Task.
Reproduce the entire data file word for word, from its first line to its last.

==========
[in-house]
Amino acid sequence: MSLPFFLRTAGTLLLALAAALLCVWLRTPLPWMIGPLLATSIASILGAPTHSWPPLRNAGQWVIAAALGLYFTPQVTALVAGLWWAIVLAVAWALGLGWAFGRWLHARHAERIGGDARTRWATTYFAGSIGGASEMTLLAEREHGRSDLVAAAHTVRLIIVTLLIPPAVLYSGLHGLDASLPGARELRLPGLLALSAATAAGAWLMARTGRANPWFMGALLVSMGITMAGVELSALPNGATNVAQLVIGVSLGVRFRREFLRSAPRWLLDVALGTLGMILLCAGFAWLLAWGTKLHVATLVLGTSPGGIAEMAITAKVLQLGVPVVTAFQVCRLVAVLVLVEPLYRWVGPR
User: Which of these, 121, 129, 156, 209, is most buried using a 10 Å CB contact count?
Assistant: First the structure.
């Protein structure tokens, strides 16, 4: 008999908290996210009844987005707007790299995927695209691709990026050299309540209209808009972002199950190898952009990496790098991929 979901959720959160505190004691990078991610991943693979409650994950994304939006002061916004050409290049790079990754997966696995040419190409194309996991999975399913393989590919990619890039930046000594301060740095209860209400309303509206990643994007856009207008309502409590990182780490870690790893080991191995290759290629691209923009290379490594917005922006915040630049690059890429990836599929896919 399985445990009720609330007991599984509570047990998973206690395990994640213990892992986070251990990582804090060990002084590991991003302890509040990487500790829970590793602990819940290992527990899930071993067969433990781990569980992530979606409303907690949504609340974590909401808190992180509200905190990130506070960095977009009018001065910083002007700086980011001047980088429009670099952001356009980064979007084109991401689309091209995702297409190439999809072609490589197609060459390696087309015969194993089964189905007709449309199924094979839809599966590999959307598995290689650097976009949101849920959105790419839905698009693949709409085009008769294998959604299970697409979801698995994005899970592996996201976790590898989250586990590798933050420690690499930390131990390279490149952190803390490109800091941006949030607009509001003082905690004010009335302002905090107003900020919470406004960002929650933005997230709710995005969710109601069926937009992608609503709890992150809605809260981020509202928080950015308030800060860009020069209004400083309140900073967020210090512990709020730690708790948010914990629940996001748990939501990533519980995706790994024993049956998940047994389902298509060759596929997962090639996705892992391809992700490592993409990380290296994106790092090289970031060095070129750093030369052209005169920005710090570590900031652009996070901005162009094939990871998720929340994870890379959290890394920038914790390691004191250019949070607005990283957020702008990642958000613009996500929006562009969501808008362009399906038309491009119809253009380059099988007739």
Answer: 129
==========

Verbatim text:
[in-house]
Amino acid sequence: MSLPFFLRTAGTLLLALAAALLCVWLRTPLPWMIGPLLATSIASILGAPTHSWPPLRNAGQWVIAAALGLYFTPQVTALVAGLWWAIVLAVAWALGLGWAFGRWLHARHAERIGGDARTRWATTYFAGSIGGASEMTLLAEREHGRSDLVAAAHTVRLIIVTLLIPPAVLYSGLHGLDASLPGARELRLPGLLALSAATAAGAWLMARTGRANPWFMGALLVSMGITMAGVELSALPNGATNVAQLVIGVSLGVRFRREFLRSAPRWLLDVALGTLGMILLCAGFAWLLAWGTKLHVATLVLGTSPGGIAEMAITAKVLQLGVPVVTAFQVCRLVAVLVLVEPLYRWVGPR
User: Which of these, 121, 129, 156, 209, is most buried using a 10 Å CB contact count?
Assistant: First the structure.
């Protein structure tokens, strides 16, 4: 008999908290996210009844987005707007790299995927695209691709990026050299309540209209808009972002199950190898952009990496790098991929 979901959720959160505190004691990078991610991943693979409650994950994304939006002061916004050409290049790079990754997966696995040419190409194309996991999975399913393989590919990619890039930046000594301060740095209860209400309303509206990643994007856009207008309502409590990182780490870690790893080991191995290759290629691209923009290379490594917005922006915040630049690059890429990836599929896919 399985445990009720609330007991599984509570047990998973206690395990994640213990892992986070251990990582804090060990002084590991991003302890509040990487500790829970590793602990819940290992527990899930071993067969433990781990569980992530979606409303907690949504609340974590909401808190992180509200905190990130506070960095977009009018001065910083002007700086980011001047980088429009670099952001356009980064979007084109991401689309091209995702297409190439999809072609490589197609060459390696087309015969194993089964189905007709449309199924094979839809599966590999959307598995290689650097976009949101849920959105790419839905698009693949709409085009008769294998959604299970697409979801698995994005899970592996996201976790590898989250586990590798933050420690690499930390131990390279490149952190803390490109800091941006949030607009509001003082905690004010009335302002905090107003900020919470406004960002929650933005997230709710995005969710109601069926937009992608609503709890992150809605809260981020509202928080950015308030800060860009020069209004400083309140900073967020210090512990709020730690708790948010914990629940996001748990939501990533519980995706790994024993049956998940047994389902298509060759596929997962090639996705892992391809992700490592993409990380290296994106790092090289970031060095070129750093030369052209005169920005710090570590900031652009996070901005162009094939990871998720929340994870890379959290890394920038914790390691004191250019949070607005990283957020702008990642958000613009996500929006562009969501808008362009399906038309491009119809253009380059099988007739």
Answer: 129